When Damon Albarn sat down and wept on Glastonbury's Pyramid Stage on Sunday 28 June, the festival season reached its early pinnacle. He had just finished singing Blur's greatest song, "This is a Low". Looking out at tens of thousands of people roaring back every word, standing with old bandmates he never thought he would play with again, he was overcome. The Glastonbury crowd, who had already stopped the show by singing "Tender" long after Blur had stopped, had moved him, and were moved themselves by his brief collapse. It was the rock festival as communal, historic and musically meaningful event, impossible without that sheer weight of people, brought together in a West Country field.
Elsewhere, though, 2009 was a year when the point and even the survival of festivals was regularly called into question. Beachdown and Bloom were among the many that cancelled, while others, such as Cornbury, retrenched to ride the summer out. But even at Reading, still an automatic sell-out, Friday headliners Kings of Leon's Nathan Followill's on-stage rant at what he perceived as underwhelming crowd reaction suggested all was not well. Wandering through the site's nondescript field, sampling the cheap and nasty food, I felt little excitement. Saturday headliners Arctic Monkeys also seemed more bemused than thrilled, and even Radiohead on Sunday had to draw deep on decade-old hits to connect. Mutual boredom at the rituals of festival sets was rife. The functional presentation of dozens of over-familiar bands penned together in a field seemed suddenly prehistoric.
Of course, with so much music, some was still superb. Florence and the Machine's Florence Welch climbed the rigging in a bat-winged dress. Soulsavers, with grunge veteran Mark Lanegan standing ramrod straight as he sang in a voice velvet-rich with experience, played heavy music to a rapt crowd in a small tent as the Kings of Leon imploded.
Wireless, like all of London's festivals, struggled for atmosphere in Hyde Park. Its downsizing from a three-day general pop event, which Morrissey headlined last year, to two days of dance and hip-hop, again spoke of straitened times. But as a mostly teenage crowd roamed the dusty site, Kanye West's hubris, playing the misunderstood genius while surrounded by topless women, provided memories. My best day in the capital was at Madstock. Madness carefully chose a bill of friends – Jerry Dammers, The Blockheads, The Pogues – which gave personal and musical context to their bittersweet pop world.
The Isle of Wight, the summer's first major festival, benefits from the island's consistently sunny climate in June. Closing with the Pixies and Neil Young, who treated the stage like a Greenwich Village coffee-house with solo acoustic songs before plugging in his electric guitar with a crackling boom, was a coup. The Zombies' Colin Blunstone's singing in the Sunday morning sun was equally unforgettable, connecting the festival to its 1960s origins. Bestival, with Kraftwerk and Massive Attack, also exploited one of south east England's more beautiful spots.
What I felt, as one festival piled into the next, was a pressing need for purpose beyond a cushy summer income for the bands who play high-paid half-hours at most of them (step forward the Pigeon Detectives and Maximo Park, still good the fourth time I saw them, but really...).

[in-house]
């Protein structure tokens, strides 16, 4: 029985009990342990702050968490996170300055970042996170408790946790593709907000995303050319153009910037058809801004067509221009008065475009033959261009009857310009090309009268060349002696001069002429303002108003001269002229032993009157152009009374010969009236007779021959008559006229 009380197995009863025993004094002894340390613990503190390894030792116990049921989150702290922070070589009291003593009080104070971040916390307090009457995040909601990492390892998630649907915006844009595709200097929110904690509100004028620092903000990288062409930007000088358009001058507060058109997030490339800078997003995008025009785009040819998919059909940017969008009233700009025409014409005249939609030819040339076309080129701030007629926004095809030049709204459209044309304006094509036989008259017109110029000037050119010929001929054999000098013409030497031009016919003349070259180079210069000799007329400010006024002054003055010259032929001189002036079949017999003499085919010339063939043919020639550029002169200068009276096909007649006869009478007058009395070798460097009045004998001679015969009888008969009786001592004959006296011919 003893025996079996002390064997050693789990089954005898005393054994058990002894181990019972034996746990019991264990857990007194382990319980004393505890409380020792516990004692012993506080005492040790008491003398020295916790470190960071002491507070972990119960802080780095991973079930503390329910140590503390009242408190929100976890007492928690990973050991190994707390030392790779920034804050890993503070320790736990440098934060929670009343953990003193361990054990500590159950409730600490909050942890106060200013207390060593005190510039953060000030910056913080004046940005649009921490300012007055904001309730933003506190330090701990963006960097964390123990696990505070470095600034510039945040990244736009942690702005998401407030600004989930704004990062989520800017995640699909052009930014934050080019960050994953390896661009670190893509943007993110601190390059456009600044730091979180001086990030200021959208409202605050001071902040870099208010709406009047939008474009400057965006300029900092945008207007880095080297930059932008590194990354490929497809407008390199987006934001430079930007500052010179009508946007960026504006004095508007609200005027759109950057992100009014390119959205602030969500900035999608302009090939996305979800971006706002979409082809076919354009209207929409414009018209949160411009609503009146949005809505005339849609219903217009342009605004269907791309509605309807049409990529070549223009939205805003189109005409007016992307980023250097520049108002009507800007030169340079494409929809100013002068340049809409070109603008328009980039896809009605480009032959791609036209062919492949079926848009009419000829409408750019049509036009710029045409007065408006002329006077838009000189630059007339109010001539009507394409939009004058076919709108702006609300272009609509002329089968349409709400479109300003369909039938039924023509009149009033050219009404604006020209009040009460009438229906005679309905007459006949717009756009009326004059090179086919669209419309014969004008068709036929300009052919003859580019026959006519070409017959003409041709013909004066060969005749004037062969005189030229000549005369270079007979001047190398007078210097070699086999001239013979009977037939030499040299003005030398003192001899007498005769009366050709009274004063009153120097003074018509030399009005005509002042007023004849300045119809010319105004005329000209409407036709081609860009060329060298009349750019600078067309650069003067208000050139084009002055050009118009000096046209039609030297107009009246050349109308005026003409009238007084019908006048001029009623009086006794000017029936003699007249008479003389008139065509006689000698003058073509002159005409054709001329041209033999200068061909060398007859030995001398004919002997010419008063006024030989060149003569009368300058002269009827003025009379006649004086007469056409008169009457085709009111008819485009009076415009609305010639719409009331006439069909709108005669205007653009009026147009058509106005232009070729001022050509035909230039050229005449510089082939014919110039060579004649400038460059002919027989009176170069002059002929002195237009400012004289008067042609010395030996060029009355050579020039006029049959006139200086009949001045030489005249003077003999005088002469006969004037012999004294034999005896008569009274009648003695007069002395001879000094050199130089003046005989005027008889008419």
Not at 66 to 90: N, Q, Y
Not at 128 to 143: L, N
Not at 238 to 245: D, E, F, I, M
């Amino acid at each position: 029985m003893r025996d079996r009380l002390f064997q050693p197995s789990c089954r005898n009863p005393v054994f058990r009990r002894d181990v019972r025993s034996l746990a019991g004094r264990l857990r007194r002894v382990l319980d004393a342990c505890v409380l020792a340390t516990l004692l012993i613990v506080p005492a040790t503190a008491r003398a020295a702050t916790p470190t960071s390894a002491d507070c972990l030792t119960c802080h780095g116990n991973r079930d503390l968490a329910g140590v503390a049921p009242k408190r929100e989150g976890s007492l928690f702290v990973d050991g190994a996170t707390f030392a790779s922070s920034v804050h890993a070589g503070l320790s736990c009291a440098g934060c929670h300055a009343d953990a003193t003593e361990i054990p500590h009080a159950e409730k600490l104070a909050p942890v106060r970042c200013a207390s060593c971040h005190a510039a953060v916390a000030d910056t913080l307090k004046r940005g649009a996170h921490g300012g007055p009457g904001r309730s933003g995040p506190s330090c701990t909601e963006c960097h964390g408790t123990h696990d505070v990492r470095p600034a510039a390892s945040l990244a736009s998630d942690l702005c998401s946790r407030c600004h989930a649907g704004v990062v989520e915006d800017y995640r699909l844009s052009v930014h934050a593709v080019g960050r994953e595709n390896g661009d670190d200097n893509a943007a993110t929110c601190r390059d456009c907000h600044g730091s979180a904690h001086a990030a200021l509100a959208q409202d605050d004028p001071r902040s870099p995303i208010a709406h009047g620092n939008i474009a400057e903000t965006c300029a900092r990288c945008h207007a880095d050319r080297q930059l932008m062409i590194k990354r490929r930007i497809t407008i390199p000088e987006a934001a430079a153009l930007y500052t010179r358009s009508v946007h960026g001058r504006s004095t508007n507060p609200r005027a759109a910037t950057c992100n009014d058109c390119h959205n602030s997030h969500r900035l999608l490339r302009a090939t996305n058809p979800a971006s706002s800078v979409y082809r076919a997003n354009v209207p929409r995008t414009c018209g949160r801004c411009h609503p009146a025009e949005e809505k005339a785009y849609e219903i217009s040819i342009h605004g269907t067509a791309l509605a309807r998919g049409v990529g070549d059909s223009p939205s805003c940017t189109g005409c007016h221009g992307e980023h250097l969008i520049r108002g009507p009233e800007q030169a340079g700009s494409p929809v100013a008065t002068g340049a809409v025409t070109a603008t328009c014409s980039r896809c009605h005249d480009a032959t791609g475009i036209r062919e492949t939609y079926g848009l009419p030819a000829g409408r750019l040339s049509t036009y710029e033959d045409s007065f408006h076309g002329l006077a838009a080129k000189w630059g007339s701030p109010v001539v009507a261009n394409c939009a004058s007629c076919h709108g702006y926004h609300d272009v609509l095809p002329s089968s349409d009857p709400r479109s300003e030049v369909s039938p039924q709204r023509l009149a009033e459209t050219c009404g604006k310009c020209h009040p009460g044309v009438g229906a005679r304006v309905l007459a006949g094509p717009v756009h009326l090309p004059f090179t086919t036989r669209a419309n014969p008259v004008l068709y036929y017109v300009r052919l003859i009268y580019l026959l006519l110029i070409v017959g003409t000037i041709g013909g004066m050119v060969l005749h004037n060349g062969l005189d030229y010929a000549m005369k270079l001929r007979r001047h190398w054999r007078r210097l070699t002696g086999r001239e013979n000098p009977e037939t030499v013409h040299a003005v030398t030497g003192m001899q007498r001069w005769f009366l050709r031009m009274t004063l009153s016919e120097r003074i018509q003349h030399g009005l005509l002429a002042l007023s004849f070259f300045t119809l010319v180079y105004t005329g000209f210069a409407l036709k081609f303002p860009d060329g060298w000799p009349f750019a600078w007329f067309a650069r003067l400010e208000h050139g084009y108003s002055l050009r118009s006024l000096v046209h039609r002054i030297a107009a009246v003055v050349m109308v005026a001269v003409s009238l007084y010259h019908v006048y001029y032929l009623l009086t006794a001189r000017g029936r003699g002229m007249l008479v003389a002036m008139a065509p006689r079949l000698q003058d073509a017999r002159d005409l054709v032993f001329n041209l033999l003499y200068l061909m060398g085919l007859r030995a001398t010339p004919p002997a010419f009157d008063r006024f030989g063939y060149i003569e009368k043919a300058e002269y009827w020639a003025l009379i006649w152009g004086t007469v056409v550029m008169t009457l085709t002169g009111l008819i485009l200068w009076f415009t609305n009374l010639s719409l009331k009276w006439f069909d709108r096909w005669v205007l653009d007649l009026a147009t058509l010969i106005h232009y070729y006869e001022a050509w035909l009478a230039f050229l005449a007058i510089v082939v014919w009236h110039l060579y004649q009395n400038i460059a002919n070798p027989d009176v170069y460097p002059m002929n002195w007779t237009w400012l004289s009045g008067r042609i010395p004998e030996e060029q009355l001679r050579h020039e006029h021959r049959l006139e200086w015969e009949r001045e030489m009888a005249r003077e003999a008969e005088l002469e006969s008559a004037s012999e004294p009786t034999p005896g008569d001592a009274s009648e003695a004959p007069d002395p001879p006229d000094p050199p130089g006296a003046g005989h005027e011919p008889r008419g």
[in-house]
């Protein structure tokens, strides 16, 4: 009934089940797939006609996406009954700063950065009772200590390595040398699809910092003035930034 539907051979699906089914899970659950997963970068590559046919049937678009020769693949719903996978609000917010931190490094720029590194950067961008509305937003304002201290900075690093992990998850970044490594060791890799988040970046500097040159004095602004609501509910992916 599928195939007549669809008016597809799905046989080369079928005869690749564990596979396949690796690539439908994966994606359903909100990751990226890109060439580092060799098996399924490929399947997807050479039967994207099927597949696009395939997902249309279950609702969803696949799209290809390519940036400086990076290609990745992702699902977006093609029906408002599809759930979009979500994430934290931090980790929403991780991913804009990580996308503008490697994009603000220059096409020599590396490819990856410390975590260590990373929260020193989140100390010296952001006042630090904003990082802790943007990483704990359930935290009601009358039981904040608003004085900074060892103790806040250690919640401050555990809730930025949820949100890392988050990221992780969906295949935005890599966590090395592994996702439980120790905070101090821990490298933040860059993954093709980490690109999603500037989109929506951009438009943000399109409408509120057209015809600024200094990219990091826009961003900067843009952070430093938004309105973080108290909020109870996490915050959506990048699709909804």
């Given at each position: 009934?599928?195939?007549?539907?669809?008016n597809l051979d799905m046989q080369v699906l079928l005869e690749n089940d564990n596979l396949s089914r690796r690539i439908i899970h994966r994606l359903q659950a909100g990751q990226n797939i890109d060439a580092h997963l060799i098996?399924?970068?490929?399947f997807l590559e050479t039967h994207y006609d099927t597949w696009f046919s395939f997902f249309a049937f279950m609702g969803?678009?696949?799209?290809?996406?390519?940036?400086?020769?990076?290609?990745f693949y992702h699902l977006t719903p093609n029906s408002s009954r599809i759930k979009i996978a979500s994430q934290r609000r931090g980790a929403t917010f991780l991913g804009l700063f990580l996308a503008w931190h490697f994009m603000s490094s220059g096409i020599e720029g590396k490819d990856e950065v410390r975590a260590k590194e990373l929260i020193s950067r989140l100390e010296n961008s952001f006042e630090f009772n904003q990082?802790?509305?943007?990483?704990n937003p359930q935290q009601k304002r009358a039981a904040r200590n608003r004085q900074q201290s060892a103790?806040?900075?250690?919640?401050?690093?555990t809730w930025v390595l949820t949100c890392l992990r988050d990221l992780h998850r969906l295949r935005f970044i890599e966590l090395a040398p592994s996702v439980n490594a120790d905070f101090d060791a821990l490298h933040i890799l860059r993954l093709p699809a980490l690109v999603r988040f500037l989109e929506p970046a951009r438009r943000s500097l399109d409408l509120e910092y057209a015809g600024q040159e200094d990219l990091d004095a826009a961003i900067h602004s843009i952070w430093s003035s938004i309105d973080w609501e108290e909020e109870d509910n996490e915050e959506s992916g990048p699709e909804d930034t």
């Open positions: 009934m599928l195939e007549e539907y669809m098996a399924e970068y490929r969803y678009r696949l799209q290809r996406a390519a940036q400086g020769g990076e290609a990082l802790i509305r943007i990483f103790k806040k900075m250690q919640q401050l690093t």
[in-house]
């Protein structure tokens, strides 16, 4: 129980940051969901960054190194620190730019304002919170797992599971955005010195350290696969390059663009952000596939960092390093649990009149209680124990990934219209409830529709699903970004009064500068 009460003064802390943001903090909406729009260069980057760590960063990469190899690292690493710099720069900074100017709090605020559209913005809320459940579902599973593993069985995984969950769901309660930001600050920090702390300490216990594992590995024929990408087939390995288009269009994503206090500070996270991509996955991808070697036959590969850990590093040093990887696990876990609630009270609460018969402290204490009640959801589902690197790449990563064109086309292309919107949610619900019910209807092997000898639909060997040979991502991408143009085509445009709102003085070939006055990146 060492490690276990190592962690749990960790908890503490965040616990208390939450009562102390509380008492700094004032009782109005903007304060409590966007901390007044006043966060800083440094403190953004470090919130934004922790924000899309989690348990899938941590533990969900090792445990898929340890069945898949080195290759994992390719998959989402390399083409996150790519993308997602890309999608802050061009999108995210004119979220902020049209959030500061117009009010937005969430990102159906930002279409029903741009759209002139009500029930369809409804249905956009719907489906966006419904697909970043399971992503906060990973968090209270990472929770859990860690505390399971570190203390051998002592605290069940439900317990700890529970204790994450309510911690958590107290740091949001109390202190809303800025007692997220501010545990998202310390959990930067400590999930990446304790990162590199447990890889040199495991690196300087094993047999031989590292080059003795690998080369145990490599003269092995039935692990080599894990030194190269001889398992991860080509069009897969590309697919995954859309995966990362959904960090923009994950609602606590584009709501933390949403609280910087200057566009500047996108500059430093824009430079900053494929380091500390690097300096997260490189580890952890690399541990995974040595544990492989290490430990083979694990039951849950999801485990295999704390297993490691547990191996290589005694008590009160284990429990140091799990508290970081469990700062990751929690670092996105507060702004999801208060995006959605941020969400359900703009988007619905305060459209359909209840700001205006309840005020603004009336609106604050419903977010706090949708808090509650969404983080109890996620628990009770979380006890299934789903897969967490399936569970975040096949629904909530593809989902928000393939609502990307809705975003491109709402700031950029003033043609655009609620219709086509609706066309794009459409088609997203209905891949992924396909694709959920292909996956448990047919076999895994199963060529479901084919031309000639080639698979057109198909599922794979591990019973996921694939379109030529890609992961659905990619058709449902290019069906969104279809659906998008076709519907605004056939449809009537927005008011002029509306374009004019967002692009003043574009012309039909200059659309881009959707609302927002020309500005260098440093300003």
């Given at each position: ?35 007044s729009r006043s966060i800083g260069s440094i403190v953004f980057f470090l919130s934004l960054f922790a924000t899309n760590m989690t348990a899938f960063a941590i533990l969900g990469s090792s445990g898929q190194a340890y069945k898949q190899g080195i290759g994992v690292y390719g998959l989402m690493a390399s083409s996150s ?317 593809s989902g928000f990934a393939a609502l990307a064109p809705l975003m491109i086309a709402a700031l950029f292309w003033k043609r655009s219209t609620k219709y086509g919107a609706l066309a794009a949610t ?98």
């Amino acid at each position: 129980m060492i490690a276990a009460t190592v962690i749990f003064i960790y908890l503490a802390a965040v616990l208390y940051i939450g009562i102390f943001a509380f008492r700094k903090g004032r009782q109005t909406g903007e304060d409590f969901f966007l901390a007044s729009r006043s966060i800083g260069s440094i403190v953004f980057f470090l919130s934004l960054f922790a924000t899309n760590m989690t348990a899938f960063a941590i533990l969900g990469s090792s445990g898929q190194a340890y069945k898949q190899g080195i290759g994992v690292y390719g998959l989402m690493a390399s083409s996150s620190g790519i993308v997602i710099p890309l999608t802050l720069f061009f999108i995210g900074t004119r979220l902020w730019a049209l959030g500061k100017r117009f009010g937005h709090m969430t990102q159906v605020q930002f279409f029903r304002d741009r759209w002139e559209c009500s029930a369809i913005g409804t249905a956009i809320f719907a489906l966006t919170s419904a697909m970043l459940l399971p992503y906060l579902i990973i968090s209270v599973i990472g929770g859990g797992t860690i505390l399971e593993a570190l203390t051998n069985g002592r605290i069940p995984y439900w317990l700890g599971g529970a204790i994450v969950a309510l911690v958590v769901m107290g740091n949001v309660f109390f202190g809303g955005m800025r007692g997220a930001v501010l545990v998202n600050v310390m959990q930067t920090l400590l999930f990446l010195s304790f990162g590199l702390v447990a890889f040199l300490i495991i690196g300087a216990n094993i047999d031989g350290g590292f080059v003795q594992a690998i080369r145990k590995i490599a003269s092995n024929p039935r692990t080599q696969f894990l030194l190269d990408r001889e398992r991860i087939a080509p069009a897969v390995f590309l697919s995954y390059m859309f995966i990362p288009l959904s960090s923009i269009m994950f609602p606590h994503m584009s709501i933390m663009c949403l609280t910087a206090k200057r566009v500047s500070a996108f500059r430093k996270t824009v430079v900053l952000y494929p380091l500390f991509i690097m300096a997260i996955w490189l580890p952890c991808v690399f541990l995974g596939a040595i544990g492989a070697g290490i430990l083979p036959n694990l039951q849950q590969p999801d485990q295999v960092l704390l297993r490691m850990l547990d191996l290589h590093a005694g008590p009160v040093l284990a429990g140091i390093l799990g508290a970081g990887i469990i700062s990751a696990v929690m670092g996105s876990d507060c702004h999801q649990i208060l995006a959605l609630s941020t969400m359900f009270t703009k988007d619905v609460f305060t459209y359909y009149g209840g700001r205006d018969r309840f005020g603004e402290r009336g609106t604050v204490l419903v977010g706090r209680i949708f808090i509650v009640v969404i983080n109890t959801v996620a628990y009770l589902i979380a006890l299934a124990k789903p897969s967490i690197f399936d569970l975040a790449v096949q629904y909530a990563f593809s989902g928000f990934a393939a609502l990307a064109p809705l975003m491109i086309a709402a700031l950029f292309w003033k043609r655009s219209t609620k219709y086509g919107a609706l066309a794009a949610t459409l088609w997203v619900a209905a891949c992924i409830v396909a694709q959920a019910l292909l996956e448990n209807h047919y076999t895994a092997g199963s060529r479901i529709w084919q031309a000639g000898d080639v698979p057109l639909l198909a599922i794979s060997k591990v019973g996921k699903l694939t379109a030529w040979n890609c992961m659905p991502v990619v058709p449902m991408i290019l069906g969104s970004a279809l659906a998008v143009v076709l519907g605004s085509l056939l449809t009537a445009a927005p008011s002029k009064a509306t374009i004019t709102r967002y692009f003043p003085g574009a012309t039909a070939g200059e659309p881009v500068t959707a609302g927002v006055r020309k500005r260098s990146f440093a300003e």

Last weekend's End of the Road Festival was the best I went to partly because the bill wasn't a lazy list of big bored indie bands, but based on the taste of its organisers, Simon Taffe and Sofia Hagberg. This attracted a like-minded crowd to the otherworldly beauty of Dorset's Larmer Tree Gardens, recalling the sense of shared values when Woodstock instigated the festival dream. Hearing Okkervil River's thrilling set of hip narrative rock while finishing a fresh-baked cake amidst magically lit trees was, in its non-conformist pleasure, profoundly rock'n'roll. Latitude tries unconvincingly hard for this quirkiness. Green Man (which pulled in America's best band, Wilco) and Glastonbury are End of the Road's only models. And in a doom-laden year for the "festival industry" (a term telling what's wrong), it sold out and turned a profit.
The twin ends of creative discovery and community always apply at Womad, of course, whose variety of fresh sounds from around the world is still unrivalled. The Black Arm Band's largely aboriginal all-star revue fought Australia and Britain's racial crimes with soulful music and Dylan-esque lyrical resource. Seeing Western Saharan rebel queen Mariem Hassan and Northumberland's The Unthanks cooking dishes in the Taste the World tent was also happily intimate.
A creeping malaise that Womad wasn't immune from was the insistence of older fans on bringing often impassable barricades of furniture to sprawl on. Oxfordshire's Cornbury, aka "Poshstock", was perhaps the worst culprit, but compensated with hit-packed sets from resourceful old-timers The Pretenders and The Damned, a policy also adopted at Cheltenham's Wychwood, with Supergrass and The Beat.
Half the towns I passed through seemed to have a folk festival. "It's not music we'd listen to ever, really," a couple told me of one in their Northamptonshire village that they'd wholly enjoyed. From Moseley to Rochester, towns and villages are using music to revive and define themselves.
Glastonbury retains the festival crown, a sometimes frighteningly vast assembly of people and music which, through the soon-retiring Michael Eavis, retains a sense of broader values, and the possibility of mighty moments like Damon's breakdown, and Blur's apotheosis. For the rest, a sense of place and musical purpose, on a human scale, must be the future: not just bands with guitars in a fenced-in field, there out of habit, not need.